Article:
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Effect of site of sample collection and prandial state on blood glucose concentrations measured with a portable blood glucose meter in healthy dogs

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  • 1 1Department of Small Animal Clinical Sciences, College of Veterinary Medicine, University of Tennessee, Knoxville, TN 37996.
  • | 2 2Office of Information Technology, College of Veterinary Medicine, University of Tennessee, Knoxville, TN 37996.

Abstract

OBJECTIVE

To compare glucose concentrations in peripheral venous and capillary blood samples collected from dogs before and after consumption of a meal and measured with a veterinary-specific portable blood glucose meter (PBGM).

ANIMALS

12 dogs (96 blood samples).

PROCEDURES

A veterinary-specific PBGM was used to measure blood glucose concentrations. Glucose concentrations in capillary blood samples obtained from the carpal pad, medial aspect of a pinna, and oral mucosa were compared with glucose concentrations in blood samples obtained from a lateral saphenous vein. Samples were collected after food was withheld for 12 hours and again 2 hours after consumption of a meal.

RESULTS

Location of capillary blood collection had a significant effect on glucose concentrations measured with the PBGM. Glucose concentration in capillary blood collected from the medial aspect of the pinna did not differ significantly from the glucose concentration in peripheral venous blood samples, whereas glucose concentrations in blood samples collected from the carpal pad and oral mucosa differed significantly from the glucose concentration in peripheral venous blood samples. There was no significant difference between preprandial and postprandial blood glucose concentrations.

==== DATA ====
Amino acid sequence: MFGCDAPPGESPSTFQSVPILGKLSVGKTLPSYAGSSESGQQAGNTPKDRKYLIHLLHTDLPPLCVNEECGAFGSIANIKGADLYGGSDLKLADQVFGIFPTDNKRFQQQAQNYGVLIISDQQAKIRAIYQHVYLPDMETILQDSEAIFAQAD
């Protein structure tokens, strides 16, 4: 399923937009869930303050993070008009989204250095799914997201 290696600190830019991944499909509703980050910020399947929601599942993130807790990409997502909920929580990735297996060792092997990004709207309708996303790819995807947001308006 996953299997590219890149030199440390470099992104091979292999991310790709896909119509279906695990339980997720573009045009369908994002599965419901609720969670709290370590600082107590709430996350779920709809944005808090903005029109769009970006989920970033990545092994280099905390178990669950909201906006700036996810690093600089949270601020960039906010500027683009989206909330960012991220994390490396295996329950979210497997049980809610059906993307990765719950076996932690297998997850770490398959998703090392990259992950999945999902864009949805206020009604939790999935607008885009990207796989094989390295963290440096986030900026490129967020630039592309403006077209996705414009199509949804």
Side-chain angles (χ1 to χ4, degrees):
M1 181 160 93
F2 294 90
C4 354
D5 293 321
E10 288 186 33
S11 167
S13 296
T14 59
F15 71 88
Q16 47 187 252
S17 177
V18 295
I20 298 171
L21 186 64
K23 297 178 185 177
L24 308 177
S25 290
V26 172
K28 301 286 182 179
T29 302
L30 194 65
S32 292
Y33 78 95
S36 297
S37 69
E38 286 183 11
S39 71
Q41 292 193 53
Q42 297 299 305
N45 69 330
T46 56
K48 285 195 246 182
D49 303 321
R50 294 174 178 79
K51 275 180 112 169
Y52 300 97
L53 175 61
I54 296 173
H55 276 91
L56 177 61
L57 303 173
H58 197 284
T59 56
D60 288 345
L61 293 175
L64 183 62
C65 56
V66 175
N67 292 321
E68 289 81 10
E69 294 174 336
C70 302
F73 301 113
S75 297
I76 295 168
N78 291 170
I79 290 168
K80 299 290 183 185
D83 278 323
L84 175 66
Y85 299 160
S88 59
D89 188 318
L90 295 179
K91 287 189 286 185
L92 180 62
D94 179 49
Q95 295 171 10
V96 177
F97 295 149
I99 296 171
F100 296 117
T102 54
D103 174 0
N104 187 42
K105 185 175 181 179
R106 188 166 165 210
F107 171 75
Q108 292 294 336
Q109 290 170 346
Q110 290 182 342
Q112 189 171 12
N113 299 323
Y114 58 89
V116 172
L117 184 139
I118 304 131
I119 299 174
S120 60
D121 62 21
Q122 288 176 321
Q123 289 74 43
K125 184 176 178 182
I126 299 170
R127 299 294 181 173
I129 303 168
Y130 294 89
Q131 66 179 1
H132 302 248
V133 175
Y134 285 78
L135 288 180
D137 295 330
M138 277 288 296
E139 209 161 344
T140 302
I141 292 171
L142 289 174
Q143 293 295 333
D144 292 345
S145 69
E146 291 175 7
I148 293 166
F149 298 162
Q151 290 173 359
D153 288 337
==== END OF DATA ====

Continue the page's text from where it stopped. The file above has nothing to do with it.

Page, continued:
CONCLUSIONS AND CLINICAL RELEVANCE

Glucose concentrations in capillary blood collected from the medial aspect of the pinna of dogs better reflected glucose concentrations in venous blood than concentrations measured in capillary blood collected from the carpal pad or oral mucosa.

Abstract

OBJECTIVE

To compare glucose concentrations in peripheral venous and capillary blood samples collected from dogs before and after consumption of a meal and measured with a veterinary-specific portable blood glucose meter (PBGM).

ANIMALS

12 dogs (96 blood samples).

PROCEDURES

A veterinary-specific PBGM was used to measure blood glucose concentrations. Glucose concentrations in capillary blood samples obtained from the carpal pad, medial aspect of a pinna, and oral mucosa were compared with glucose concentrations in blood samples obtained from a lateral saphenous vein. Samples were collected after food was withheld for 12 hours and again 2 hours after consumption of a meal.

RESULTS

Location of capillary blood collection had a significant effect on glucose concentrations measured with the PBGM. Glucose concentration in capillary blood collected from the medial aspect of the pinna did not differ significantly from the glucose concentration in peripheral venous blood samples, whereas glucose concentrations in blood samples collected from the carpal pad and oral mucosa differed significantly from the glucose concentration in peripheral venous blood samples. There was no significant difference between preprandial and postprandial blood glucose concentrations.

CONCLUSIONS AND CLINICAL RELEVANCE

Glucose concentrations in capillary blood collected from the medial aspect of the pinna of dogs better reflected glucose concentrations in venous blood than concentrations measured in capillary blood collected from the carpal pad or oral mucosa.

Contributor Notes

Address correspondence to Dr. Guevara (jlguevara316@gmail.com).